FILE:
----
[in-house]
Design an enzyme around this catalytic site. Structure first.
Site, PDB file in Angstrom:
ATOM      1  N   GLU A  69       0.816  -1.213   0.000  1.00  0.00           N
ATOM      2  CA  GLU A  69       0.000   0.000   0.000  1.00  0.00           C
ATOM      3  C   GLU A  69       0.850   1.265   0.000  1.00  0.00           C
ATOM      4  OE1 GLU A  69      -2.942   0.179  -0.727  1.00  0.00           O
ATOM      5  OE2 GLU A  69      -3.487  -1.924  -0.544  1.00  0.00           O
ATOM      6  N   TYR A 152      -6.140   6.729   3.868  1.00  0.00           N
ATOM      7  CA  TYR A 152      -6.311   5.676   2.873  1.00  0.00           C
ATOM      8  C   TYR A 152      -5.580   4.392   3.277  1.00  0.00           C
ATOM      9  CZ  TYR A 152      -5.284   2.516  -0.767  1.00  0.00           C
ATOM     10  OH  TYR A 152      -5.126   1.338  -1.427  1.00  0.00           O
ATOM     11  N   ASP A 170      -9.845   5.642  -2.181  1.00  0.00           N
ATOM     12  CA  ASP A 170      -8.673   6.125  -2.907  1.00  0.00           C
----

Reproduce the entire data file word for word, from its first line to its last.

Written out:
[in-house]
Design an enzyme around this catalytic site. Structure first.
Site, PDB file in Angstrom:
ATOM      1  N   GLU A  69       0.816  -1.213   0.000  1.00  0.00           N
ATOM      2  CA  GLU A  69       0.000   0.000   0.000  1.00  0.00           C
ATOM      3  C   GLU A  69       0.850   1.265   0.000  1.00  0.00           C
ATOM      4  OE1 GLU A  69      -2.942   0.179  -0.727  1.00  0.00           O
ATOM      5  OE2 GLU A  69      -3.487  -1.924  -0.544  1.00  0.00           O
ATOM      6  N   TYR A 152      -6.140   6.729   3.868  1.00  0.00           N
ATOM      7  CA  TYR A 152      -6.311   5.676   2.873  1.00  0.00           C
ATOM      8  C   TYR A 152      -5.580   4.392   3.277  1.00  0.00           C
ATOM      9  CZ  TYR A 152      -5.284   2.516  -0.767  1.00  0.00           C
ATOM     10  OH  TYR A 152      -5.126   1.338  -1.427  1.00  0.00           O
ATOM     11  N   ASP A 170      -9.845   5.642  -2.181  1.00  0.00           N
ATOM     12  CA  ASP A 170      -8.673   6.125  -2.907  1.00  0.00           C